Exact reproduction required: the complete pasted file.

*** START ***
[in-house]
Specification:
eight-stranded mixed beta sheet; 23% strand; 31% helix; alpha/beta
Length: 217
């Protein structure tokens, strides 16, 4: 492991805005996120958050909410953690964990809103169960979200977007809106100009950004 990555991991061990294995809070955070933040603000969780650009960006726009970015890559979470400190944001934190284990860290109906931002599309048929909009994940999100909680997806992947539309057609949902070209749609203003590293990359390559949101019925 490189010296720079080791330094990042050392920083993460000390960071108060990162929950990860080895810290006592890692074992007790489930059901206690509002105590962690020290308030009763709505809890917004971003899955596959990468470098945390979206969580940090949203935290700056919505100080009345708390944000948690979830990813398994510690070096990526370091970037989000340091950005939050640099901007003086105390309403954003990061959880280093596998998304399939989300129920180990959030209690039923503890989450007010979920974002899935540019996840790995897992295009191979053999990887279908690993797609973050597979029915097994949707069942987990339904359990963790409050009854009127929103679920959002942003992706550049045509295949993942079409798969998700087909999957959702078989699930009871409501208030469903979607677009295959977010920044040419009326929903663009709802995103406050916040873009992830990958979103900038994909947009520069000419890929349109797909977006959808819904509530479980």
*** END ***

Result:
[in-house]
Specification:
eight-stranded mixed beta sheet; 23% strand; 31% helix; alpha/beta
Length: 217
């Protein structure tokens, strides 16, 4: 492991805005996120958050909410953690964990809103169960979200977007809106100009950004 990555991991061990294995809070955070933040603000969780650009960006726009970015890559979470400190944001934190284990860290109906931002599309048929909009994940999100909680997806992947539309057609949902070209749609203003590293990359390559949101019925 490189010296720079080791330094990042050392920083993460000390960071108060990162929950990860080895810290006592890692074992007790489930059901206690509002105590962690020290308030009763709505809890917004971003899955596959990468470098945390979206969580940090949203935290700056919505100080009345708390944000948690979830990813398994510690070096990526370091970037989000340091950005939050640099901007003086105390309403954003990061959880280093596998998304399939989300129920180990959030209690039923503890989450007010979920974002899935540019996840790995897992295009191979053999990887279908690993797609973050597979029915097994949707069942987990339904359990963790409050009854009127929103679920959002942003992706550049045509295949993942079409798969998700087909999957959702078989699930009871409501208030469903979607677009295959977010920044040419009326929903663009709802995103406050916040873009992830990958979103900038994909947009520069000419890929349109797909977006959808819904509530479980």